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Billie’s drug use while pregnant on SBS’s Struggle Street may appear a crime, but when someone falls through the cracks, should they be sent straight to jail?
Meet Billie Jo Wilkie, a 21-year-old from one of the most economically and socially disadvantaged suburbs of Sydney.
If you were one of the 935,000 Australians who tuned in to the controversial TV show Struggle Street, you are probably familiar with her story. Billie is a smoker and regular drug user – and what’s more, she was heavily pregnant at the time of filming. While the show was a ratings success for SBS, it had significant consequences for Billie. She was perhaps the most criticised identity on Struggle Street, and has since faced vandalism of her home as well as being yelled at on the street.
Her narrative starts by introducing us to her mother, Carlene, and boyfriend, Bob – both of whom are also regular cannabis users. Billie was filmed smoking cigarettes and cannabis from a bong. In one episode of the tri-part series she even jokes about naming her baby “Crystal”, after the drug crystal methamphetamine. To the horror of some viewers, Billie even smokes cigarettes in between contractions during labour, which was six weeks early. Despite this, her mother Carlene says that Billie is a “good mum” and that the baby will be a motivator for Billie to pull herself together.
Her parenting practices concerned many. For some, her actions went beyond parental irresponsibility, they were downright criminal.
Criminalising drug use by pregnant women
Many expressed sympathy for Billie’s baby boy, but nowhere near as many felt sorry for Billie. This is despite the fact that 21 years ago, Billie was born in almost identical circumstances to her son – she was a “methadone baby” due to her mother’s use of the drug throughout her pregnancy.
Even before the show aired, there were calls for such behaviour to be made illegal in Australia and prior to the Struggle Street controversy, we wrote a blog about whether taking drugs while pregnant should be a crime – outlining the pros and cons of criminalising women who engage in such conduct.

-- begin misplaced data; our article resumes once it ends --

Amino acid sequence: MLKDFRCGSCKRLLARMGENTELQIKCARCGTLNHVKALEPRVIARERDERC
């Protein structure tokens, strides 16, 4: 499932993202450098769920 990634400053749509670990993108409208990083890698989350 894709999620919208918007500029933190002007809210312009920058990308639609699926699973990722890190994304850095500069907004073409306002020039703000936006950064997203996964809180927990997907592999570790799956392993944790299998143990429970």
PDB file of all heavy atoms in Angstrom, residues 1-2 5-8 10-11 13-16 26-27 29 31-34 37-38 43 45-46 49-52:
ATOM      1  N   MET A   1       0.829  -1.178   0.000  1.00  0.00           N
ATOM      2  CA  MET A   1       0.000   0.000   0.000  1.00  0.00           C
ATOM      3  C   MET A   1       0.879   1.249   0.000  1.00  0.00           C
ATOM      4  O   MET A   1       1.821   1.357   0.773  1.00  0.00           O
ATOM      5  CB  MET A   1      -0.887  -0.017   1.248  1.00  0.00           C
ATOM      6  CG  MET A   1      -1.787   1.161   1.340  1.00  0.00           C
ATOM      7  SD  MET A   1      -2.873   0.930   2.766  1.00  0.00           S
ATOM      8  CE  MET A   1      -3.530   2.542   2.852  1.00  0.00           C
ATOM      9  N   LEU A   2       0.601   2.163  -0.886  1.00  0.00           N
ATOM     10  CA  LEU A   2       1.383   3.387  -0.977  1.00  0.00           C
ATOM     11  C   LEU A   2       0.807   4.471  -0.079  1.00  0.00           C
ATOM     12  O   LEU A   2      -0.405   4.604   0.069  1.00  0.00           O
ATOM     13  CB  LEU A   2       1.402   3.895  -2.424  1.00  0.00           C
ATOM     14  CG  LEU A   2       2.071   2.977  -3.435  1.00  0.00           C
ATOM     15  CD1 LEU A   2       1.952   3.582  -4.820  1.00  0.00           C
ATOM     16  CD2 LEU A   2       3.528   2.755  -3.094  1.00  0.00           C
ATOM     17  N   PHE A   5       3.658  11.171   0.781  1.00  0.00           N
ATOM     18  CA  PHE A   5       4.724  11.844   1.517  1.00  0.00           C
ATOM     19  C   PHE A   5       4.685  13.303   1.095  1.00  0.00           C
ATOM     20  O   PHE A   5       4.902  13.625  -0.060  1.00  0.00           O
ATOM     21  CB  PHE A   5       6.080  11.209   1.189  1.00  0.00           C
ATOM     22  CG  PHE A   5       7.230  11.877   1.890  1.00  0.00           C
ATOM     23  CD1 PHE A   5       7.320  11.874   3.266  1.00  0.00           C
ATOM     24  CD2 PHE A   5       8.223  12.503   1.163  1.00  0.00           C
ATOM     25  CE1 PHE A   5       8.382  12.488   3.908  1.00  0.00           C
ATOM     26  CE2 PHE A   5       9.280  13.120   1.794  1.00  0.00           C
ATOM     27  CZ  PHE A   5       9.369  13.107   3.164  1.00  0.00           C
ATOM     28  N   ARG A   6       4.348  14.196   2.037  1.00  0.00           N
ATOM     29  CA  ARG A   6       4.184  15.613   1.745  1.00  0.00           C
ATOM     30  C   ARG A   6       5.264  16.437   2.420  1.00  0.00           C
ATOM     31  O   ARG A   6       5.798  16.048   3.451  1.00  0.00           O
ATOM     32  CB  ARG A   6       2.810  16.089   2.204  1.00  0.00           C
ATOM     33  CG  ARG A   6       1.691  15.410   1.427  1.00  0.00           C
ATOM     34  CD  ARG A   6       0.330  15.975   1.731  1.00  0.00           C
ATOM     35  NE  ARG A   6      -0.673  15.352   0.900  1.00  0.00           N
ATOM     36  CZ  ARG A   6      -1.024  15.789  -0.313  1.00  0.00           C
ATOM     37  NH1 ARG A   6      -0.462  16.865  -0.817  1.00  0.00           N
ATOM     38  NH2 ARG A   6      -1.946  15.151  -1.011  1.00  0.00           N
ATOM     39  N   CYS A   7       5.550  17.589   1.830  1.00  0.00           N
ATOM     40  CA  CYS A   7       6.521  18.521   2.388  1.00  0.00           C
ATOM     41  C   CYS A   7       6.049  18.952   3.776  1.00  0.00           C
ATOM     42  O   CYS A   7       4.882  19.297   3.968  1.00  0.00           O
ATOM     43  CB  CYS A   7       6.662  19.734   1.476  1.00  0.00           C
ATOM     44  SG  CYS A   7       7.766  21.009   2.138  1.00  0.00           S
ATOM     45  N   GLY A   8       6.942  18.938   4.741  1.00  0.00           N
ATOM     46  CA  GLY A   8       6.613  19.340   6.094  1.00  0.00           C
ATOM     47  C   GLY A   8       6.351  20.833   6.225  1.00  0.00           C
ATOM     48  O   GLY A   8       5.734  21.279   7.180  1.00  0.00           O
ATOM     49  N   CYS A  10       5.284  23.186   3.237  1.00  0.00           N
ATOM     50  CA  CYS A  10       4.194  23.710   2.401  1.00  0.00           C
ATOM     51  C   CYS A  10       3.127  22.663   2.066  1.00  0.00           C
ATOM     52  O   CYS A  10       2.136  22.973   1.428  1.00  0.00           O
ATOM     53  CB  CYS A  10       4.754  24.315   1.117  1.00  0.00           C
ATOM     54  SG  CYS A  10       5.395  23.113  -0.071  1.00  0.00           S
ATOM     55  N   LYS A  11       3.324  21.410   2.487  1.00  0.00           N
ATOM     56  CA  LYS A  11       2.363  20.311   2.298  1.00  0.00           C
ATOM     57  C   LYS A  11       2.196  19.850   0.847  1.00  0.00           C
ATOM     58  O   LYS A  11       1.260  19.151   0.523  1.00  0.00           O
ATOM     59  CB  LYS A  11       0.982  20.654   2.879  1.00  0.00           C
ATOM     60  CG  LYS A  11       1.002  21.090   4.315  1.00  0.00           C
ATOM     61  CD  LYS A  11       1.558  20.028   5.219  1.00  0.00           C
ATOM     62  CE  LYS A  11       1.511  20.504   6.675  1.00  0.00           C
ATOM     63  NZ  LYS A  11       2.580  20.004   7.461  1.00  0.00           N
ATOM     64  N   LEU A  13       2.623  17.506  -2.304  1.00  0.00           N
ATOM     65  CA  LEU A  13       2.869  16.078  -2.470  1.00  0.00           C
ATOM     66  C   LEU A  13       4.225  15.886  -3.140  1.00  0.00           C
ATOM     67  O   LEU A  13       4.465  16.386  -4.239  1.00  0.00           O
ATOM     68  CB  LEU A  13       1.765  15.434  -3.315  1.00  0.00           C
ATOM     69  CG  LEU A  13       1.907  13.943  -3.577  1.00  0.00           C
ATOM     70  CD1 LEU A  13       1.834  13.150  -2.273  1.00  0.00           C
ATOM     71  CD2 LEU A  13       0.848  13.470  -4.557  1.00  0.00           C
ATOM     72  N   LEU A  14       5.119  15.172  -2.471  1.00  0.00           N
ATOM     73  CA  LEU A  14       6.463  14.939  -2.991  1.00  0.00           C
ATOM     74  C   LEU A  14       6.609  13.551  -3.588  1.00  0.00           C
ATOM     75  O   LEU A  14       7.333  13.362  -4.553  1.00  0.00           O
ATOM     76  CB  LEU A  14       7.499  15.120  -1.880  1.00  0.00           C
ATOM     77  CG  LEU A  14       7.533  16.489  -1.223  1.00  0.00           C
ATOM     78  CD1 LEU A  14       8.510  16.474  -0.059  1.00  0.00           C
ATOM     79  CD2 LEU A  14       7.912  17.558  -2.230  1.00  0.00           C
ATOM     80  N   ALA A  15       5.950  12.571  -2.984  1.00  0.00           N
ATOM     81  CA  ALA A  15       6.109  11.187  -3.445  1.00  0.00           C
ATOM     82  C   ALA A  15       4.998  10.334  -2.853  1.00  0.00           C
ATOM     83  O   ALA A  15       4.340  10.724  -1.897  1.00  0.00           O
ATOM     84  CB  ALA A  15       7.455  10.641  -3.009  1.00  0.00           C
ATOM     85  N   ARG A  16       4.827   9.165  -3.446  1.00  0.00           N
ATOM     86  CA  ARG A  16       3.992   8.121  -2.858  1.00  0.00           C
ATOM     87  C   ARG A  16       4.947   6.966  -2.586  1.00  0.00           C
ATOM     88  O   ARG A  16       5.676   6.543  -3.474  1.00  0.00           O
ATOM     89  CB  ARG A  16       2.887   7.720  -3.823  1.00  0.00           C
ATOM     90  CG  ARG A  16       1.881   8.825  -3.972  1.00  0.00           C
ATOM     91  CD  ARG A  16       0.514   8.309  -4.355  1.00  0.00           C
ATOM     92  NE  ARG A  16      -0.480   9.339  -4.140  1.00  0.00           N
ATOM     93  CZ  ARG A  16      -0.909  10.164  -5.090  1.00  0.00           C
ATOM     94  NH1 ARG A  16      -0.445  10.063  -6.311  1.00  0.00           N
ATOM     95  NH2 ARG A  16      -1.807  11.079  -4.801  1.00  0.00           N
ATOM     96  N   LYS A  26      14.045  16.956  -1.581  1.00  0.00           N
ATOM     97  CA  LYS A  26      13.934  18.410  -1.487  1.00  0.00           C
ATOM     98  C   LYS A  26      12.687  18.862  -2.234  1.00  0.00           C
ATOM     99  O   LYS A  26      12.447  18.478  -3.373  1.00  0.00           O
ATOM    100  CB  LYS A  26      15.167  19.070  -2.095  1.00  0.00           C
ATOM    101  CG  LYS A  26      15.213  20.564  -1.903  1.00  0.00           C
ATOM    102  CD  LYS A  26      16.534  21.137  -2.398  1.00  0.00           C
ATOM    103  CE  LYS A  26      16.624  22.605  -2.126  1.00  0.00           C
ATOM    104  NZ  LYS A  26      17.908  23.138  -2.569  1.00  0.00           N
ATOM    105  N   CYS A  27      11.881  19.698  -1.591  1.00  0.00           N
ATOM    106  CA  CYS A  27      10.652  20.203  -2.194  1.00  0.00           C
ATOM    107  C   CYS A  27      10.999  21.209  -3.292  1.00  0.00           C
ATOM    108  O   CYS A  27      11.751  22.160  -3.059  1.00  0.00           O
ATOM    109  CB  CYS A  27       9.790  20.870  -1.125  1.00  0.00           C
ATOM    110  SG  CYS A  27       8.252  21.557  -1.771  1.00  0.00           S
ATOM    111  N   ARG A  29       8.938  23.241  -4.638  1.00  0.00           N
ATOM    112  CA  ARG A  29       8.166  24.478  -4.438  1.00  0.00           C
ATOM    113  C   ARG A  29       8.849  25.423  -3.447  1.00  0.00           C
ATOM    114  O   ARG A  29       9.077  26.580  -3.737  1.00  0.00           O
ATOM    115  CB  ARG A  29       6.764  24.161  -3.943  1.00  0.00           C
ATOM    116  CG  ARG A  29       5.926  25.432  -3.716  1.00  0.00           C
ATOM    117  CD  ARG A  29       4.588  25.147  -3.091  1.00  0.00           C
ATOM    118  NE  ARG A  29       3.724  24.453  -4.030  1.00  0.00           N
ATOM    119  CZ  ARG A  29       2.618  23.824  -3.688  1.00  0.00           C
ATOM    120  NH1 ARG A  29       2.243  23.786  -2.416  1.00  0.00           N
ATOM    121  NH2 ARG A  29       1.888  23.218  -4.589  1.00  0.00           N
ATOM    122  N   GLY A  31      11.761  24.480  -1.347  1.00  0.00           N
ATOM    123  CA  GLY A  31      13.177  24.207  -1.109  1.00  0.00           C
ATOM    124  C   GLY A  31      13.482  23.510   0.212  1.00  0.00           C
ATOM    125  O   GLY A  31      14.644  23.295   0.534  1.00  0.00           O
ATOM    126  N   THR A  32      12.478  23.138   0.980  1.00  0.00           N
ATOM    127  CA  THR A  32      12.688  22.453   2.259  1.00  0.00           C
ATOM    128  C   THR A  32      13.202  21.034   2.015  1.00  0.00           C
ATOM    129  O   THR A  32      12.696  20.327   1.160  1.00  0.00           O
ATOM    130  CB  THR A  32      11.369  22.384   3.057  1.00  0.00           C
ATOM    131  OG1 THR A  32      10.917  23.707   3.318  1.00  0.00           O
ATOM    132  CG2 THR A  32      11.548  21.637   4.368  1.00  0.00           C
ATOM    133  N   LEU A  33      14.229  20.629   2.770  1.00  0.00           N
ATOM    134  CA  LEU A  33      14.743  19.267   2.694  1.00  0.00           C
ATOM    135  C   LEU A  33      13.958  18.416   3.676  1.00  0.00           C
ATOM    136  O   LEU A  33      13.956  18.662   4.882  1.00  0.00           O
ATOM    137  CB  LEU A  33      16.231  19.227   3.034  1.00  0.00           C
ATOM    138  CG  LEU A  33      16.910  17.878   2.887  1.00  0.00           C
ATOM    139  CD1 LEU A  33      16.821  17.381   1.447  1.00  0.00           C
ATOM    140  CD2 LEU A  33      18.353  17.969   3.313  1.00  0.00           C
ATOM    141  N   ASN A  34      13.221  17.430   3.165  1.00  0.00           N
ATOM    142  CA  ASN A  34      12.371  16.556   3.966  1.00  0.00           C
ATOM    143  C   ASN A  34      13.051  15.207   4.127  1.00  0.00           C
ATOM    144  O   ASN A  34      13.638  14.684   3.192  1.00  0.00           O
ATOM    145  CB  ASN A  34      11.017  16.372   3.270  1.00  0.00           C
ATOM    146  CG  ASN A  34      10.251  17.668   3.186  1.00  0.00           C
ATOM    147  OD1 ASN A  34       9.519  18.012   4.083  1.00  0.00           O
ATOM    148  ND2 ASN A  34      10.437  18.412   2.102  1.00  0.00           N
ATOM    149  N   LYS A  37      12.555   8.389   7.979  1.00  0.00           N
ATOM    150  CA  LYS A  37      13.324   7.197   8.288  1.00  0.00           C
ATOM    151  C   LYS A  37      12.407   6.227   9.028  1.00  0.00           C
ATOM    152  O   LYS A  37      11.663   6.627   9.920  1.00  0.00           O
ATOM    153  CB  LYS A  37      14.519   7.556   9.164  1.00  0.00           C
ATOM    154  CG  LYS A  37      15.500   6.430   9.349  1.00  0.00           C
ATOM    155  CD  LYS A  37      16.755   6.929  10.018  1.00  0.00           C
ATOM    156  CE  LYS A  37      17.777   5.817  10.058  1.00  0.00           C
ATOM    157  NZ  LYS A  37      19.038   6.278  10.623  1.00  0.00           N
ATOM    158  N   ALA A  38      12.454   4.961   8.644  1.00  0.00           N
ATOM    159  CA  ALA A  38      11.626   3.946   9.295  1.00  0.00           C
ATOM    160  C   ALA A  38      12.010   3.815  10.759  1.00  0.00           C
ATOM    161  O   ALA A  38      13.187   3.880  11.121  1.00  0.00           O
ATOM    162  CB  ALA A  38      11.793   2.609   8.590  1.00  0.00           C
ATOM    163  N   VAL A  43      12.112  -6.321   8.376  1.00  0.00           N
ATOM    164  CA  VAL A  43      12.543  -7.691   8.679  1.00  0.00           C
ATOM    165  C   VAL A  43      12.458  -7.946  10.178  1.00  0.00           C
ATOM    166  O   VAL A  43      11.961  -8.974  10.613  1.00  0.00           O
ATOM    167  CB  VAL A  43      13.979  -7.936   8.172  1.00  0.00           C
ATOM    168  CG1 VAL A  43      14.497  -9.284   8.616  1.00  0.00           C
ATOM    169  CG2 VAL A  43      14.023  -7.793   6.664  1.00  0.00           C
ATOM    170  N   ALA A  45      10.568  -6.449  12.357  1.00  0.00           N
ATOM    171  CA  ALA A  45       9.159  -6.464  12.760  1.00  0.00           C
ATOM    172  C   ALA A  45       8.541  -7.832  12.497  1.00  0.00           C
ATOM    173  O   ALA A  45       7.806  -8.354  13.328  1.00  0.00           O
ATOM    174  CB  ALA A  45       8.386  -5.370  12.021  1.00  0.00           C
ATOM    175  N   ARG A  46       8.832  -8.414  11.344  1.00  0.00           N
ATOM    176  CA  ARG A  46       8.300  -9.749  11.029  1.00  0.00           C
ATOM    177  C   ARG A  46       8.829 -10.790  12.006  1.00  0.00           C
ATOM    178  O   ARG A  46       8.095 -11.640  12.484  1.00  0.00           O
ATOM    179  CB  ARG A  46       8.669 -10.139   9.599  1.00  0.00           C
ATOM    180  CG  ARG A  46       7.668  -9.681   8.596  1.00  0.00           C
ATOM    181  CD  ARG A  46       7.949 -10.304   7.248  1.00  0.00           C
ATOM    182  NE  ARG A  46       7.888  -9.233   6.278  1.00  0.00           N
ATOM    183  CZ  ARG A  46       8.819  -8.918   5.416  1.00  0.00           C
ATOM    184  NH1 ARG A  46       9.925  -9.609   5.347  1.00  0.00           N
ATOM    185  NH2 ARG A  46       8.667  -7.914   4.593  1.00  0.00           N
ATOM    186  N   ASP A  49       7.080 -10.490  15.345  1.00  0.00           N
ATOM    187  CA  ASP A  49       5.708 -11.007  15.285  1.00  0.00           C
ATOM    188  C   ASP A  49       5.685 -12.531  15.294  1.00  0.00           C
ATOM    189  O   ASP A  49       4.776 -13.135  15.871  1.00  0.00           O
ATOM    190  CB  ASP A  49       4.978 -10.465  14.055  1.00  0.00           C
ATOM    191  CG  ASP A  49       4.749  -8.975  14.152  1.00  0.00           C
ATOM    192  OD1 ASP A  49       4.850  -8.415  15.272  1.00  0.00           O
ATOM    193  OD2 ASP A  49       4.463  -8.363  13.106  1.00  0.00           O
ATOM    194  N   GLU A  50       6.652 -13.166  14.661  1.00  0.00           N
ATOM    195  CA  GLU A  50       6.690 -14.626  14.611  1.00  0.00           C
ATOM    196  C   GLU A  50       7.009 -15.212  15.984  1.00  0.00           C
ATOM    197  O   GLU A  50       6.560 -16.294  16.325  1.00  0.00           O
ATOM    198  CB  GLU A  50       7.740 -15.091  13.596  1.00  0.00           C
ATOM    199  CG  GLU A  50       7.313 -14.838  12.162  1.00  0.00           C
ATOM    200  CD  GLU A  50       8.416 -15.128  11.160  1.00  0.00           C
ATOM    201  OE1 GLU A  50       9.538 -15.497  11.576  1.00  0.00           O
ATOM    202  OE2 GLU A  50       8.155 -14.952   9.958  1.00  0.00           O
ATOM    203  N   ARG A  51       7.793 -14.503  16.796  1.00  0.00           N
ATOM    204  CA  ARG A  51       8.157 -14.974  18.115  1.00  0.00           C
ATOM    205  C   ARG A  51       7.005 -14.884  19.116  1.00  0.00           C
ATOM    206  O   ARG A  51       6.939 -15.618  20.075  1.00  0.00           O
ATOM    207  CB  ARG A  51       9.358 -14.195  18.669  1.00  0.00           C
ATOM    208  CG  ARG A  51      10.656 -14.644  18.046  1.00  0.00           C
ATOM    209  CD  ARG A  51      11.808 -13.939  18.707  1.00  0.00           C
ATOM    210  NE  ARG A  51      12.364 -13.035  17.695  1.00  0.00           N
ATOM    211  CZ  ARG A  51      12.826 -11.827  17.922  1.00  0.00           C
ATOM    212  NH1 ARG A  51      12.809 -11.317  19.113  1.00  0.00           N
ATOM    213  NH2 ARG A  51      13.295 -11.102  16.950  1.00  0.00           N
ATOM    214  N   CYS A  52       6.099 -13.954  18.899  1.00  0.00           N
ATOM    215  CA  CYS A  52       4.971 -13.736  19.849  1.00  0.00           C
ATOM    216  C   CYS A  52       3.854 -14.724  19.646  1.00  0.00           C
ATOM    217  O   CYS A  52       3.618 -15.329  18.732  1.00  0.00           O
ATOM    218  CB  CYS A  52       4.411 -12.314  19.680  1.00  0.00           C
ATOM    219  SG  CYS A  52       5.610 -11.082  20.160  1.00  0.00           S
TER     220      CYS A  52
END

As outlined, the US state of Tennessee has made it a criminal offence for women to take drugs while pregnant. The reason behind the law is, of course, that such conduct puts babies at risk of developmental and behavioural problems.
As also outlined in the blog, the Northern Territory government considered similar laws, but ultimately abandoned the idea.
Sadly, Billie’s child was taken away and placed into protective custody, following in the footsteps of Billie’s first two children. Billie had spent time behind bars within 24 hours of the first episode airing; she was charged with theft and driving without a licence twice in the one day.
What happens when the system fails?
We like to think of our society as one that offers everyone “a fair go” to everyone, but shows like Struggle Street, as confrontational as they may be, drive home the fact that people still slip through the cracks.
Despite Billie’s numerous run-ins with the law, the criminal justice system has not transformed her into a law-abiding citizen, which goes to show that locking people away does not necessarily deter them from crime, let alone lead to their rehabilitation.
Instead, Struggle Street is just another example of the failure of the present approach that does little to break the cycle of crime.
While billions of dollars are being pumped into police forces nationwide, funding has been slashed to critical programs that do vital work within the community.Many such programs engage with drug users, dissociated youth and others who are at risk of offending.
Pastor Josh is just one example of someone who has done great work for the youth of Mount Druitt. Sadly, the Pastor has announced that he can no longer remain in his position due to a lack of funding. Regrettably, this is typical of hundreds of rehabilitation and education programs across Australia that aim to assist and support drug users and others who are vulnerable.
Unfortunately, being “tough on crime” is still the government’s priority, when it should perhaps be to fund programs that educate and support those who are at risk of offending, thereby addressing the causes of crime. Perhaps it’s time to look at using the carrot rather than the stick to address the underlying reasons for offending, instead of withdrawing funding to community programs, then throwing people in prison after they offend.
The stick approach only benefits criminal defence lawyers (who can get more clients and charge them more for fear of being locked away), the police force (which can ask for more funding), private prison companies and contractors (that can build more prisons), politicians (who can win votes by appearing tough on crime) and a minority of others who gain financially or politically from a heavy-handed criminal justice system.
It does not work to the benefit of the taxpayer or general community by reducing crime.